Walter married Laurenza Gonzalez and purchased 400 acres about four miles east of San Gabriel, land that had originally been part of Lucky Baldwin’s Rancho Santa Anita. His subdivision of this purchase, where moderate-income families could afford to own their own homes, officially became Temple City in 1936. Echoing a familiar theme in the area, Walter was also influential in the development of the oilfields of Montebello.

Morning. Begin your day at The Workman and Temple Family Homestead Museum, 15415 East Don Julian Road, City of Industry, 626-968-8492, On this six-acre site you can explore the evolution of architectural history and domestic style during the century from 1830 to 1930.
The museum is open Monday through Friday from 9:00 a.m. to 5:00 p.m., and Saturday and Sunday from 12:00 to 5:00 p.m. Guided tours of the historic houses, the only way to see the interiors, are offered Wednesday through Sunday every hour on the hour beginning at 1:00 p.m. Spanish language tours are offered on the second Sunday of every month at 1:30 and 3:30 p.m. The museum is closed on holidays and special tour and festival weekends. Admission is free, but donations are accepted. There is ample parking, and most of the site is handicapped accessible. There is a museum store with vintage and special holiday gifts. There is no food service, but you can bring a lunch and eat in the picnic area or by the pond. Before your visit, you might want to view the introductory video on the museum website.
There is a special treat available to you today. You may enjoy Homemade at the Homestead, a “Holiday Gifting” food workshop, and the last in a series of three. Here you can “create gifts that capture the scents and tastes of the season.” You will need to call the museum to register, and class size is limited to 18, so it’s possible that it’s booked. This workshop, led by chef, historian, and educator Ernest Miller, costs $30 per adult and $25 for students over 12 and seniors. All materials are included in the cost. An adult must accompany students. The museum also hosts special events on December 8, 14, and 15. Visit their website for more information.

On this site is the Workman House, built by William and Nicolasa Workman. The couple first built a three-room adobe, but as their wealth increased they continued to add rooms to the house. By the 1870s they were able to build a “modern” country estate, adding a second floor and numerous decorative features, but maintaining the three original adobe rooms as part of the building.
Although there is no definitive evidence, Ezra Kysor, the first trained architect in Los Angeles and designer of the Pico House Hotel, St. Vibiana’s Cathedral, and the Perry House is believed to have designed the home. The exterior has been restored to its 1870s grandeur, and the interior designed to house exhibits. As noted above, the Workmans unfortunately lost their share of the ranch.

The Workman House

 As wealth from oil exploration replaced wealth from farming and banking, Walter and Laura Temple were able, in 1917, to repurchase 75 acres of the family’s original ranch. Between 1922 and 1927 they built La Casa Nueva, “the new house,” a Spanish Colonial Revival mansion, initially designed by the architectural firm of Walker and Eisen and refined by Roy Seldon Price. Constructed mostly of adobe bricks handmade by a group of Guadalajara artisans led by Pablo Urzua, the contractor on the 26-room highly decorated mansion was Sylvester Cook of Whittier.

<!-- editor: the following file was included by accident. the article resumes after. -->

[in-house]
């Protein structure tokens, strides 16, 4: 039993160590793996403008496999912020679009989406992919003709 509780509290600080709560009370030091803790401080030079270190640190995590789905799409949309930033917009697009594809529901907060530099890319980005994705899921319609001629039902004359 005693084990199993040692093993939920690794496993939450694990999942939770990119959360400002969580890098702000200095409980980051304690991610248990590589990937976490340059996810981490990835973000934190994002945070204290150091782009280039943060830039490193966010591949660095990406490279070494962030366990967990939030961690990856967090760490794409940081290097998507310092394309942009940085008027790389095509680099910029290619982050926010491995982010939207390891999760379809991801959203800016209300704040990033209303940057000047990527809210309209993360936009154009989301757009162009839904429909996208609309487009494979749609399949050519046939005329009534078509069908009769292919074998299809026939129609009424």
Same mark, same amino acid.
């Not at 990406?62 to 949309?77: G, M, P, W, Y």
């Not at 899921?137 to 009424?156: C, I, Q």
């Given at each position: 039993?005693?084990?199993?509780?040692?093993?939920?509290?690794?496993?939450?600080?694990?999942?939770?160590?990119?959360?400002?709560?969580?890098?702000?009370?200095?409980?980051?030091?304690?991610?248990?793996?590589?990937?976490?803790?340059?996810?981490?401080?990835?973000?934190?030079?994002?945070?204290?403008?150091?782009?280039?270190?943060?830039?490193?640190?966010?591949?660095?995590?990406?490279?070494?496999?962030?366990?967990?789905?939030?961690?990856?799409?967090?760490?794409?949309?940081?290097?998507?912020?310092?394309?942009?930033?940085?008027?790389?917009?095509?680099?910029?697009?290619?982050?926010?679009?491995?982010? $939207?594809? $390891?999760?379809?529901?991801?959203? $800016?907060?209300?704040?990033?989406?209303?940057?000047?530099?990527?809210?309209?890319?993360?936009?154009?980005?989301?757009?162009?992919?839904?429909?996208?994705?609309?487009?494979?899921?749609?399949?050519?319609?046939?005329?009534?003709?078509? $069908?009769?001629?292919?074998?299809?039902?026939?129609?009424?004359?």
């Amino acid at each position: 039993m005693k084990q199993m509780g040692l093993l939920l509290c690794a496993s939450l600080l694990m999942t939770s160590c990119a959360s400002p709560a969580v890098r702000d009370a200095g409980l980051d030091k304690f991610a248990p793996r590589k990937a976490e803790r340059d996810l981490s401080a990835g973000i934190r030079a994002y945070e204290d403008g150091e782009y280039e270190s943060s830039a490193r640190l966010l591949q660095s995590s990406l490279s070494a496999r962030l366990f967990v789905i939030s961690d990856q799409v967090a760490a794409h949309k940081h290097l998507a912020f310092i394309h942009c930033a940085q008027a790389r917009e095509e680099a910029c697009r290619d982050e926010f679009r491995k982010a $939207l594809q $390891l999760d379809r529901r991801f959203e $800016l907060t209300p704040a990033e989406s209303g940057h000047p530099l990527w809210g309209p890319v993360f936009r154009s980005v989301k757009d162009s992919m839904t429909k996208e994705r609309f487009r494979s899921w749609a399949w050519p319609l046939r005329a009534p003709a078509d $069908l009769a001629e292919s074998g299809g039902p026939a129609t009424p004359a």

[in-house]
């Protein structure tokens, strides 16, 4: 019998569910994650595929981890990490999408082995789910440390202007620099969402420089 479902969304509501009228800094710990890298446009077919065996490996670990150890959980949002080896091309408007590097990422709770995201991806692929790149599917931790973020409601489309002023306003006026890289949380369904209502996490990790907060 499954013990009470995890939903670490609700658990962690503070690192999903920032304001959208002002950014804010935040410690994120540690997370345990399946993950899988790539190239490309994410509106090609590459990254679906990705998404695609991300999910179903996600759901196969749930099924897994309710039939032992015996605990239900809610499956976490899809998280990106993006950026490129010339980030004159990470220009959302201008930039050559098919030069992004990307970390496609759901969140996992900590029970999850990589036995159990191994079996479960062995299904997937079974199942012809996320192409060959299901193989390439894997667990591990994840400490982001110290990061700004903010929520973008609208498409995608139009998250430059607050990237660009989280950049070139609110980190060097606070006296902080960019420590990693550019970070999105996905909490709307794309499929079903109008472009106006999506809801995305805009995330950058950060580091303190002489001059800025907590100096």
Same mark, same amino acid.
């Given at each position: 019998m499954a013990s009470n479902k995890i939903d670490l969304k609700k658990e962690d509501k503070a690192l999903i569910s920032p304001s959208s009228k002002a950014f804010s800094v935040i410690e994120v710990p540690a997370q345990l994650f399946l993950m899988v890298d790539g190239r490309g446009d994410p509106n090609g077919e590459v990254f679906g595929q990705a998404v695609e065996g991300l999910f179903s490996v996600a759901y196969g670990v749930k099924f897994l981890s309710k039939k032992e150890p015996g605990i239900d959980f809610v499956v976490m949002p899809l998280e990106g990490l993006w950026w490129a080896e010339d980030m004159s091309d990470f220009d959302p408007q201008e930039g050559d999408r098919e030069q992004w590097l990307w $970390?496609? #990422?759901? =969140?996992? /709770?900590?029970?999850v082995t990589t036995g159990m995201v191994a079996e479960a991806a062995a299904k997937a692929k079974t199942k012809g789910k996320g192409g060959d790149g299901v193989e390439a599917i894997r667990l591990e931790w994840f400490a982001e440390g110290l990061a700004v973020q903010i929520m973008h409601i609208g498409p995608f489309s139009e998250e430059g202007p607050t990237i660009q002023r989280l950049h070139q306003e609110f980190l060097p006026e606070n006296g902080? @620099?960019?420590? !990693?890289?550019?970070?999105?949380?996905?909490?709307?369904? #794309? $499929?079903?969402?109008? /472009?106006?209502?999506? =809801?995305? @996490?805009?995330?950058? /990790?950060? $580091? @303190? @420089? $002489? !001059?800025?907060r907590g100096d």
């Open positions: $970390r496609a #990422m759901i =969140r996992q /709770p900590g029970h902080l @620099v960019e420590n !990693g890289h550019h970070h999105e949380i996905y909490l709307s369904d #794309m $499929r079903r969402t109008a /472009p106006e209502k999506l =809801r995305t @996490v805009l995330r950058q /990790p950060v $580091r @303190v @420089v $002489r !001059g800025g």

Sadly, the Temple family lost the house in the early 1930s, and it became first a boys’ military school—Raenford (later Golden State), under the direction of Lawrence Lewis, then a holding of California Bank, and in 1940 a convalescent hospital, El Encanto, operated by Harry and Lois Brown, before it was purchased by the City of Industry in 1975.

La Casa Nueva

At the Homestead Museum you can also view El Campo Santo, one of the oldest private cemeteries in the area and the resting place of Pio Pico, the last governor of Mexican California, whose adobe can be visited in nearby Pico Rivera. It also contains the remains of the Workman and Temple families, as well as the grave of John Rowland.
The Workmans established El Campo Santo as a private cemetery in the early 1850s. In 1856 artist Henry Miller, touring California, sketched the design for a chapel. The cornerstone was laid on May 30, 1857 and Bishop Thaddeus Amat of Los Angeles dedicated it to St. Nicholas, in honor of Workman’s wife Nicolasa. After the fall of the Workman fortunes, the cemetery was neglected and the brick chapel was destroyed by fire. Workman’s grandson Walter Temple purchased it in 1917 and began its restoration, building a mausoleum designed by the architectural firm of Garstang and Rea, into which he relocated the remains of his family and those of Pio Pico and his wife.

El Campo Santo

Lunch. Bring a lunch and picnic on the grounds of the museum, or visit one of the many nearby restaurants.

Afternoon. Complete your day at the Homestead by taking the 1:00 tour, which gives you plenty of time to wend your way to Whittier for the concert: 10005 S. Cole Road, East Whittier United Methodist Church.

4:00 p.m.—The Concert
This year Christmas With Chorale Bel Canto features Vivaldi’s Gloria as well as new arrangements of Christmas music by Edward Zeliff, a Southern California composer and arranger. Mr. Zeliff and members of his choir will also be in attendance in the audience. The concert will also include the popular feature of sing-along carols.

The demand for tickets for this concert has been significant, so we have added a second performance. You may celebrate with us at either 4:00 p.m. or 7:30 p.m. Today’s schedule recommends that you opt for the afternoon performance, but at whatever time, we look forward to seeing you!